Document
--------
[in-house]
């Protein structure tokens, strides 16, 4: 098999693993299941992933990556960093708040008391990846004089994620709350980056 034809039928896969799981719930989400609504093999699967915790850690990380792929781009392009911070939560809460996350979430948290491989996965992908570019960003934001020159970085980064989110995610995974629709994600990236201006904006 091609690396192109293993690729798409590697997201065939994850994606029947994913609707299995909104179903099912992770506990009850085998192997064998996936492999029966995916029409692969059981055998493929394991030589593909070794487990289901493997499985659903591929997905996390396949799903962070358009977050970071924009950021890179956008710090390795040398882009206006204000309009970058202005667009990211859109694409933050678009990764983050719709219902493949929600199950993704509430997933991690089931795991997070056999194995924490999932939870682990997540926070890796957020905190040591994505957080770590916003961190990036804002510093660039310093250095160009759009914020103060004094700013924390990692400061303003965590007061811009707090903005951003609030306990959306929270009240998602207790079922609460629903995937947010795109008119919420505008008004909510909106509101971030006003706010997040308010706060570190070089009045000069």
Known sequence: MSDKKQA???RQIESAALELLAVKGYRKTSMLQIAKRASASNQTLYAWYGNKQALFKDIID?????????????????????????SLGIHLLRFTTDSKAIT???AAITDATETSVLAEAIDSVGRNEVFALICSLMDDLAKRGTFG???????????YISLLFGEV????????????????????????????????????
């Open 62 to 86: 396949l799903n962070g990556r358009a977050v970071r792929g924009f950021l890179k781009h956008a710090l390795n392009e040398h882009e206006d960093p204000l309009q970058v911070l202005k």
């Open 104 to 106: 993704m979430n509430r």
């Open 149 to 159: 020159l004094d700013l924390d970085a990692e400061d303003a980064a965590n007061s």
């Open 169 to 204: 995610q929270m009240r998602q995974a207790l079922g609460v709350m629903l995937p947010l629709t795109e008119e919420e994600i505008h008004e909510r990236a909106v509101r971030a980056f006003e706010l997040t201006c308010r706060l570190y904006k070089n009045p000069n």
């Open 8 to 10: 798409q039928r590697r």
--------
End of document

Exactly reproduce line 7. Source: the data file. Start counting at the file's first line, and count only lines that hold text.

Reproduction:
């Open 169 to 204: 995610q929270m009240r998602q995974a207790l079922g609460v709350m629903l995937p947010l629709t795109e008119e919420e994600i505008h008004e909510r990236a909106v509101r971030a980056f006003e706010l997040t201006c308010r706060l570190y904006k070089n009045p000069n």